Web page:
An avid animal-lover was not about to let her wheelchair keep her from fulfilling her dream of meeting gorillas in the wild.
Susie Twydell, 40, who has multiple sclerosis, had given up hope of seeing the primates in their natural habitat when she was diagnosed with the disease in 2012.
But once Twydell, a London native, was told she had the ability to be taken up to see the gorillas at the Rwandan wildlife park on a stretcher, she signed up immediately, and sold furniture and clothes to fund the June trip.
Along with her husband David, Twydell was met by a team of porters who carried her up the mountain in a 45-minute journey to where the gorillas reside.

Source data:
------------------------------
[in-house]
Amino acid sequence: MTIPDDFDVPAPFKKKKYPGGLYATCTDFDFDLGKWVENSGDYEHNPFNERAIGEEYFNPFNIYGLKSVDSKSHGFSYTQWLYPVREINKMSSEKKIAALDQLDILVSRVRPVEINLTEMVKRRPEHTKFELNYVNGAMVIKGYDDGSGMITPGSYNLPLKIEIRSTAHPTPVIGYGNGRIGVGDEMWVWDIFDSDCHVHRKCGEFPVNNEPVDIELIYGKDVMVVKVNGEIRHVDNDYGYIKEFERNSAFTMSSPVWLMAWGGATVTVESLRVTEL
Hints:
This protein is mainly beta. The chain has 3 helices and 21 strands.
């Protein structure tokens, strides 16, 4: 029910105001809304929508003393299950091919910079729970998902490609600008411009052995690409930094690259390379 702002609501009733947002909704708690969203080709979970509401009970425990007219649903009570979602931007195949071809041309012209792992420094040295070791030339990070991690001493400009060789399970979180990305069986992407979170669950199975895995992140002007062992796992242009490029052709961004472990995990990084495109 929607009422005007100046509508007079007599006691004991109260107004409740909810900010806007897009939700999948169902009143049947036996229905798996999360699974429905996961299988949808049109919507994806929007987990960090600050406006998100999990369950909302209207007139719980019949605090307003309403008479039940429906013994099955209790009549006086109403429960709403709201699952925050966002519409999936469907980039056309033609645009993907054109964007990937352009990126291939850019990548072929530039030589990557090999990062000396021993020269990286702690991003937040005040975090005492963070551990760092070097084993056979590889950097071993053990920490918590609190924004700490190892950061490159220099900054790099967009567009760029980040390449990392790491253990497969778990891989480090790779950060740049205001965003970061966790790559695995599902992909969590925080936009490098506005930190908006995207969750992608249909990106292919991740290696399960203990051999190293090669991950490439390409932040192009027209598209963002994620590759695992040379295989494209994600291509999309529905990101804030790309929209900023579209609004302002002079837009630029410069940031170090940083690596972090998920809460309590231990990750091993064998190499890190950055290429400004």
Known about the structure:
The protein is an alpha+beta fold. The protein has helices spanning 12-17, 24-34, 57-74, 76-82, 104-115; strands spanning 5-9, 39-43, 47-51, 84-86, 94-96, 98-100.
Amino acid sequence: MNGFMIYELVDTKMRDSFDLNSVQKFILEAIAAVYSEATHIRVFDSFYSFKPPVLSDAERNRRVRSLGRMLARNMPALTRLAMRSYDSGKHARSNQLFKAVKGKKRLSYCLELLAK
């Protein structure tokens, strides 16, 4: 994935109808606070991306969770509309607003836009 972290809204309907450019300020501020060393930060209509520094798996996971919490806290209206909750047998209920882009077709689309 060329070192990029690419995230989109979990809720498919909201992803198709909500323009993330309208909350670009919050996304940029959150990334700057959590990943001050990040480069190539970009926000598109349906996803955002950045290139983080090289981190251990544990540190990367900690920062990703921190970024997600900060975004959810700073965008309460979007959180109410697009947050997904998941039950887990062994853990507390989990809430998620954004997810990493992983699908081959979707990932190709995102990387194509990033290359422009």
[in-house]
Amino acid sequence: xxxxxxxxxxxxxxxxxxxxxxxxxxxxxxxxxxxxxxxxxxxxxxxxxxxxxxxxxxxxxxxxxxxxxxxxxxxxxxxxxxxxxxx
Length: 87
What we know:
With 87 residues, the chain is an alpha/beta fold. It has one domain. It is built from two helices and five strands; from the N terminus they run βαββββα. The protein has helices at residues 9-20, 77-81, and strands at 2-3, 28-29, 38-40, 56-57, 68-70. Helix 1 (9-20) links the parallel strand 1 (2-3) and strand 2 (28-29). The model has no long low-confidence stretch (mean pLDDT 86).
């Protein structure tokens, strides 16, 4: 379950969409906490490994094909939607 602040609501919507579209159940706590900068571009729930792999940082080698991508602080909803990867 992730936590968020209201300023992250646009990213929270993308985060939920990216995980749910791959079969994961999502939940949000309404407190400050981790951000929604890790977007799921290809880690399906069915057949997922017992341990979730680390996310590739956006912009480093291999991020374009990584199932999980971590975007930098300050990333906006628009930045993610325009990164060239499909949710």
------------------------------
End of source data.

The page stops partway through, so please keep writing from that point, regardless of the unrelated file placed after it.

Twydell was helped out of her stretcher and into her wheelchair so she could take a closer look. Through binoculars she soon spotted a large silverback a few meters in front of her and another three or four babies clambering on top of him, she said.
"It took me by surprise, but it was the No. 1 experience of my life,” Twydell said. "I have been to 81 countries in my lifetime but I thought this trip was impossible. It was such an amazing privilege — what they've done in Rwanda to help this critically endangered species is incredible."
A baby gorilla even investigated Twydell’s shoes.
“They were clambering all over their silverback father, swinging from overhanging vines and brilliantly for me [and] were mesmerized by the sight of a wheelchair in their midst,” she added.
Mountain gorillas share 98 percent of human DNA, but hunting and habitat loss saw the Rwandan population fall to just 254 in 1981. There are still fewer than 1,000 mountain gorillas left worldwide.